About orientation and mobility specialists
An orientation and mobility specialist (OMS) is a university-trained professional who works with people who have vision impairment. This might be blindness or low vision. OMSs also work with people, including children, who have limited mobility or multiple disabilities - for example, vision impairment caused by cerebral palsy, stroke or other brain injury.
OMSs teach people to use their other senses (sound, touch, smell, hearing and the feeling of body movement) to work out where they are (orientation), move around safely (mobility) and interact with and respond to their environment.
OMSs can advise people about different mobility aids - for example, white canes or electronic devices. OMSs also help people learn how to use aids to move around obstacles and work out where they are in the environment. This is important for moving safely in areas like traffic crossings, streets and shopping centres.
Orientation and mobility services are available free of charge throughout Australia from charities for people with low vision or blindness. Some state and territory education departments offer orientation and mobility services.
Why your child might see an orientation and mobility specialist
If your child is blind or has low vision or limited mobility, he might work with an OMS to build the skills he needs to understand where his body is in space and move around his environment.
Your child might see an OMS in the team of health professionals who are helping her. This team might also include occupational therapists, physiotherapists, optometrists, orthoptists, doctors or teachers.
An OMS can generally give you ideas about activities that will encourage your child's independence and learning. And after assessing your child, the OMS will make a plan - with your help - for the aids and/or program that will best support your child's specific needs.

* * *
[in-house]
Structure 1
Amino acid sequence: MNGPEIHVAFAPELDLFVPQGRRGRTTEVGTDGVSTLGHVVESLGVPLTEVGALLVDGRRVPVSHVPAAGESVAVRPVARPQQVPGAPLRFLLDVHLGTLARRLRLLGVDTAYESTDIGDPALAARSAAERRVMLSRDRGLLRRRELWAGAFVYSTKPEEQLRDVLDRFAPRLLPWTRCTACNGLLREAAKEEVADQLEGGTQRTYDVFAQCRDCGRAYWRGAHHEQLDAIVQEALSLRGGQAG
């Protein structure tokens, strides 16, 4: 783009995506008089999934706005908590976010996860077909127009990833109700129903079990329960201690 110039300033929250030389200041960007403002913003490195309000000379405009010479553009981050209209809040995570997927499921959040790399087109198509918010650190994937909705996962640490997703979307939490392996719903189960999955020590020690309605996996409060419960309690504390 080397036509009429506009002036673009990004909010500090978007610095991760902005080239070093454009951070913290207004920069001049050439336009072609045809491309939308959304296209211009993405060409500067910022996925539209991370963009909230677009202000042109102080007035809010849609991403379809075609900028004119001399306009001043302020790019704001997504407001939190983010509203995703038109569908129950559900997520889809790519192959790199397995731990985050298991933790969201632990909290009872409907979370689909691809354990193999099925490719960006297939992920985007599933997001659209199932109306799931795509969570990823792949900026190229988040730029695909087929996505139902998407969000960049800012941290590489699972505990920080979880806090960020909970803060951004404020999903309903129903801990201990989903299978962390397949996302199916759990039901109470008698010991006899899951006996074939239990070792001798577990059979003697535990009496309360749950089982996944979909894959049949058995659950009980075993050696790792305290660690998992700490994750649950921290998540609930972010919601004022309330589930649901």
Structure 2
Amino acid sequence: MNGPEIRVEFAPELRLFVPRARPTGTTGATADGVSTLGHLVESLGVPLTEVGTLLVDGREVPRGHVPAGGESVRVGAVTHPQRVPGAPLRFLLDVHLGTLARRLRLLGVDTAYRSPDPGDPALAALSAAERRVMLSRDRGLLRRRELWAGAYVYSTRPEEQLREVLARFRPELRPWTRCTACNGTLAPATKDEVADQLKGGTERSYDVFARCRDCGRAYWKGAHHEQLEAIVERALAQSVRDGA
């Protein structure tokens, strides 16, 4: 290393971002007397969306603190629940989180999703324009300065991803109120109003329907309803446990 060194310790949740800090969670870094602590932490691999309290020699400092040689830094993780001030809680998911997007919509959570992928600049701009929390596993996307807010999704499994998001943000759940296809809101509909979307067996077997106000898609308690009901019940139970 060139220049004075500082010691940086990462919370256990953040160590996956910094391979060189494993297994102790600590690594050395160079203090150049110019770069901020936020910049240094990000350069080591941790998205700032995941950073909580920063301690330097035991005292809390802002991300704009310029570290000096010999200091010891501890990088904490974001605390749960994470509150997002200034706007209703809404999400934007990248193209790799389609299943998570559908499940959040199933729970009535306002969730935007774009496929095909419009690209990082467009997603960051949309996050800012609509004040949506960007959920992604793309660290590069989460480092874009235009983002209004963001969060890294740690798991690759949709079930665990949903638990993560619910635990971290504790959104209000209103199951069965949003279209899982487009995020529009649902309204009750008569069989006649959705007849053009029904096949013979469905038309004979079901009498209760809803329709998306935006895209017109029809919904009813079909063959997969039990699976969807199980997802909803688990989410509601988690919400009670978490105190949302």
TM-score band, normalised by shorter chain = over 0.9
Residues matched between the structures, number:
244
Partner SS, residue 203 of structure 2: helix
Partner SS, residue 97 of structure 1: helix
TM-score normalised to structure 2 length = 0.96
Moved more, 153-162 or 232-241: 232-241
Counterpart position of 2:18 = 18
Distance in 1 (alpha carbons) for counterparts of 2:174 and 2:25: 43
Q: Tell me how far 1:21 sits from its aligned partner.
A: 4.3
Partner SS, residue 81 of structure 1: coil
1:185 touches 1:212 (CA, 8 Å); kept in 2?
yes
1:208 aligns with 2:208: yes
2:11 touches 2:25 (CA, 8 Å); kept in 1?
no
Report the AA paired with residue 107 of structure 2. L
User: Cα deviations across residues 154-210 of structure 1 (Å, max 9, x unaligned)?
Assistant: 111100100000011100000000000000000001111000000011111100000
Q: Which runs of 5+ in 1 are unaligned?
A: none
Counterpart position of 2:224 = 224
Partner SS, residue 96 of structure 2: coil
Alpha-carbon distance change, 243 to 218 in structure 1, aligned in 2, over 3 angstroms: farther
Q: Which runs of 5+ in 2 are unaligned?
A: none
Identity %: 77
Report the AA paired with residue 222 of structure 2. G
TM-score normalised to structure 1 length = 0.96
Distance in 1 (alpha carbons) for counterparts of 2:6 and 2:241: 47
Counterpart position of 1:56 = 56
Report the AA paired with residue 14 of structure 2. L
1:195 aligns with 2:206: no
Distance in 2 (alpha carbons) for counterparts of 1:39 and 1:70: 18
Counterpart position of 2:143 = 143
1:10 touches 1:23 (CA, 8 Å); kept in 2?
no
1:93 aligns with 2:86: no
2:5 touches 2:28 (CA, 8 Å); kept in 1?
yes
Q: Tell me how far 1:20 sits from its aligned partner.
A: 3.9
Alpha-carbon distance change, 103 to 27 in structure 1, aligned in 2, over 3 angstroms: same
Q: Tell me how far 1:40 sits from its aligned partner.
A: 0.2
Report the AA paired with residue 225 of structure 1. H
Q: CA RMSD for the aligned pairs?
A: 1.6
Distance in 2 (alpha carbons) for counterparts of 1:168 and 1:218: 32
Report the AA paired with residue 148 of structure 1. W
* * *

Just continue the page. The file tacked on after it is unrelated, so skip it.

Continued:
Before going to an orientation and mobility specialist
If your child needs orientation and mobility services, you can contact a service provider directly. You don't need a referral from your GP or another health professional. The intake process will look at whether your child is eligible for the service.
It's a good idea to think about the following things when you're talking with a service provider:
- Why you're going to the orientation and mobility specialist: what goals do you have for your child? What do you hope for in the short term and the long term?
- When to start: it's never too early to start working with an OMS. The best orientation and mobility support comes from a healthy partnership between parents, OMSs, schools and other people involved in your child's life.
- Waiting list: how long will you have to wait to see the OMS? Will this affect your goals? Could the waiting time impact on other things? For example, if your child is about to start or change school, or needs new mobility challenges, he might need to see an OMS sooner if he can.
- Making an appointment: it might take you more than one phone call to find your nearest service provider and make an appointment.
- Costs: are there any costs involved in using an OMS?
- Location: most OMSs will come to your home or your child's school for the first appointment.